'Weʻve Become Paolo for Everyone': Creating UTOPIA for Queer and Trans Pacific Islanders

November 08, 2023 Nia Tero Season 3 Episode 12
'Weʻve Become Paolo for Everyone': Creating UTOPIA for Queer and Trans Pacific Islanders
Show Notes Transcript

“I'm sacred, the next person is sacred, and all life is sacred. That connection we have to each other and to all forms of life is sacred and must be cherished. In the same way, the relationship we have with land and the relationship the land has with us should be honored.” - Agaiotupu Viena (Samoan) 

Colonization has disrupted the identities of queer Indigenous Peoples, and because of this, they practice deep forms of care, often making chosen families as a built space of refuge. In Samoa, one way to describe a refuge is “paolo,” which means “to give shade” or “protect.” Care and shade are inherently a part of queer and trans Pacific Islander identity.  

This summer, Seedcast producer Ha’aheo Auwae Dekker (Kanaka Maoli) was a guest at UTOPIA Washingtonʻs Hoʻolauleʻa, a community event dedicated to celebrating queer and trans Pacific Islanders, or QTPIs. In this episode, they share the sounds and music from the event along with wisdom from fellow QTPIs Ara Sifainu’ululei “Ara-Lei” Mahealani Yandall and Agaiotupu Viena. Both share about their experiences as fa'afafine, a gender identity embedded in the lands of Samoa, as well as the reason UTOPIA was created, and the unique role they play in caring for the wider Pasifika community and each other.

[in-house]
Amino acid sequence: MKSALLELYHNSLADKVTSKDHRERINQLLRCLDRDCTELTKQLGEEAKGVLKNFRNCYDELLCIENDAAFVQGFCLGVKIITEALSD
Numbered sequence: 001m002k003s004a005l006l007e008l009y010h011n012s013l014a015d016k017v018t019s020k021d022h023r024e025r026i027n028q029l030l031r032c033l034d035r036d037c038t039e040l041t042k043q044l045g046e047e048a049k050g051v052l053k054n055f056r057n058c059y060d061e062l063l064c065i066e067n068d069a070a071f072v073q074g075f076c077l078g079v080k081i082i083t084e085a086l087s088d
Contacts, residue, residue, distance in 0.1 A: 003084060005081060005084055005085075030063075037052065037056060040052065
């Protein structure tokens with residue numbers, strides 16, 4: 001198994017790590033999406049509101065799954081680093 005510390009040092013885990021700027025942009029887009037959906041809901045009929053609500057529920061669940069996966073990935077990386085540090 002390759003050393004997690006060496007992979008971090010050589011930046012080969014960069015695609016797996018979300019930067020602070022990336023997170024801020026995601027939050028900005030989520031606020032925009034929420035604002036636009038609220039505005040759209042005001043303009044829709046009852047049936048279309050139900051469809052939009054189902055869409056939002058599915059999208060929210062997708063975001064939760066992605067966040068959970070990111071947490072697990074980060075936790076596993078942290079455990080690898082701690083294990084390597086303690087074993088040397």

Special thanks to Ara-Lei, Agaiotupu, and UTOPIA Washington for welcoming Seedcast into their Hoʻolauleʻa earlier this year and for sharing their time, stories, and energy with us. Thanks also to our Nia Tero colleagues Michael Painter, Nichlas Emmons, and Anne Quidez for their feedback on this episode. 

Host: Jessica Ramirez. Producer and Audio Mix: Ha’aheo Auwae-Dekker. Story Editor: Jenny Asarnow. 


Seedcast is a production of Nia Tero, a global nonprofit which supports Indigenous land guardianship around the world through policy, partnership, and storytelling initiatives.

Enjoy the Seedcast podcast on the Nia Tero website, Apple Podcasts, Spotify, and your other favorite podcast platforms.

Keep up with Seedcast on Instagram and use the hashtag #Seedcast.

'Weʻve Become Paolo for Everyone': Creating UTOPIA for Queer and Trans Pacific Islanders
Seedcast Season 3 Episode 12

November 8, 2023

[00:00:00] Jessica Ramirez: Hi, I'm Jessica Ramirez. This is Seedcast.  

[We hear the sounds of people cheering and clapping, and an announcer speaking]

Announcer: With that being said, you are in for a night of tears, laughter, and lived experiences of our queer and transgender Pacific Islander community. Can I hear it for our QTPIs in the house?